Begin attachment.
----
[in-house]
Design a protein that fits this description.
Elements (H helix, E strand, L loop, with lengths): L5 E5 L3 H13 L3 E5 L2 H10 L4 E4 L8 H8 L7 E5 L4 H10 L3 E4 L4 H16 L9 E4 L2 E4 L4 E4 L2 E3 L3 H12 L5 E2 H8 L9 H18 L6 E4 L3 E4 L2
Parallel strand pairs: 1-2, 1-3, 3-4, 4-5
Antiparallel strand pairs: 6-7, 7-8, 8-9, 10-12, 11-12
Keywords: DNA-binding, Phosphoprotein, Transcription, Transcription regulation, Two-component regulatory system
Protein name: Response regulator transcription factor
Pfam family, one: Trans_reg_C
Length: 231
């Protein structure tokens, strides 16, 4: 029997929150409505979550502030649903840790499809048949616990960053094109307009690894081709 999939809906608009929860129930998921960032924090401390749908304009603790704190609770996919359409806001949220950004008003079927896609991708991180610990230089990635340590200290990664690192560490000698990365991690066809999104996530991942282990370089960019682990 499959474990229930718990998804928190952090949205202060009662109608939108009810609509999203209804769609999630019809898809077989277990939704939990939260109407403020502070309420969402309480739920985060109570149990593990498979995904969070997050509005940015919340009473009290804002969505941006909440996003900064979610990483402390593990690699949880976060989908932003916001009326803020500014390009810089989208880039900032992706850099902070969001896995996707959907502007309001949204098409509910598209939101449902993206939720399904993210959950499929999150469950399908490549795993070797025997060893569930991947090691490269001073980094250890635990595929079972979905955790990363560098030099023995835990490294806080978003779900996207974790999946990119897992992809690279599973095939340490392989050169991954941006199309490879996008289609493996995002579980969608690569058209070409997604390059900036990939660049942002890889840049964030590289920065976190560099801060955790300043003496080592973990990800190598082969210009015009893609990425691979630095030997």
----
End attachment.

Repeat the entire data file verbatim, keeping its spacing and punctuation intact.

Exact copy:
[in-house]
Design a protein that fits this description.
Elements (H helix, E strand, L loop, with lengths): L5 E5 L3 H13 L3 E5 L2 H10 L4 E4 L8 H8 L7 E5 L4 H10 L3 E4 L4 H16 L9 E4 L2 E4 L4 E4 L2 E3 L3 H12 L5 E2 H8 L9 H18 L6 E4 L3 E4 L2
Parallel strand pairs: 1-2, 1-3, 3-4, 4-5
Antiparallel strand pairs: 6-7, 7-8, 8-9, 10-12, 11-12
Keywords: DNA-binding, Phosphoprotein, Transcription, Transcription regulation, Two-component regulatory system
Protein name: Response regulator transcription factor
Pfam family, one: Trans_reg_C
Length: 231
């Protein structure tokens, strides 16, 4: 029997929150409505979550502030649903840790499809048949616990960053094109307009690894081709 999939809906608009929860129930998921960032924090401390749908304009603790704190609770996919359409806001949220950004008003079927896609991708991180610990230089990635340590200290990664690192560490000698990365991690066809999104996530991942282990370089960019682990 499959474990229930718990998804928190952090949205202060009662109608939108009810609509999203209804769609999630019809898809077989277990939704939990939260109407403020502070309420969402309480739920985060109570149990593990498979995904969070997050509005940015919340009473009290804002969505941006909440996003900064979610990483402390593990690699949880976060989908932003916001009326803020500014390009810089989208880039900032992706850099902070969001896995996707959907502007309001949204098409509910598209939101449902993206939720399904993210959950499929999150469950399908490549795993070797025997060893569930991947090691490269001073980094250890635990595929079972979905955790990363560098030099023995835990490294806080978003779900996207974790999946990119897992992809690279599973095939340490392989050169991954941006199309490879996008289609493996995002579980969608690569058209070409997604390059900036990939660049942002890889840049964030590289920065976190560099801060955790300043003496080592973990990800190598082969210009015009893609990425691979630095030997």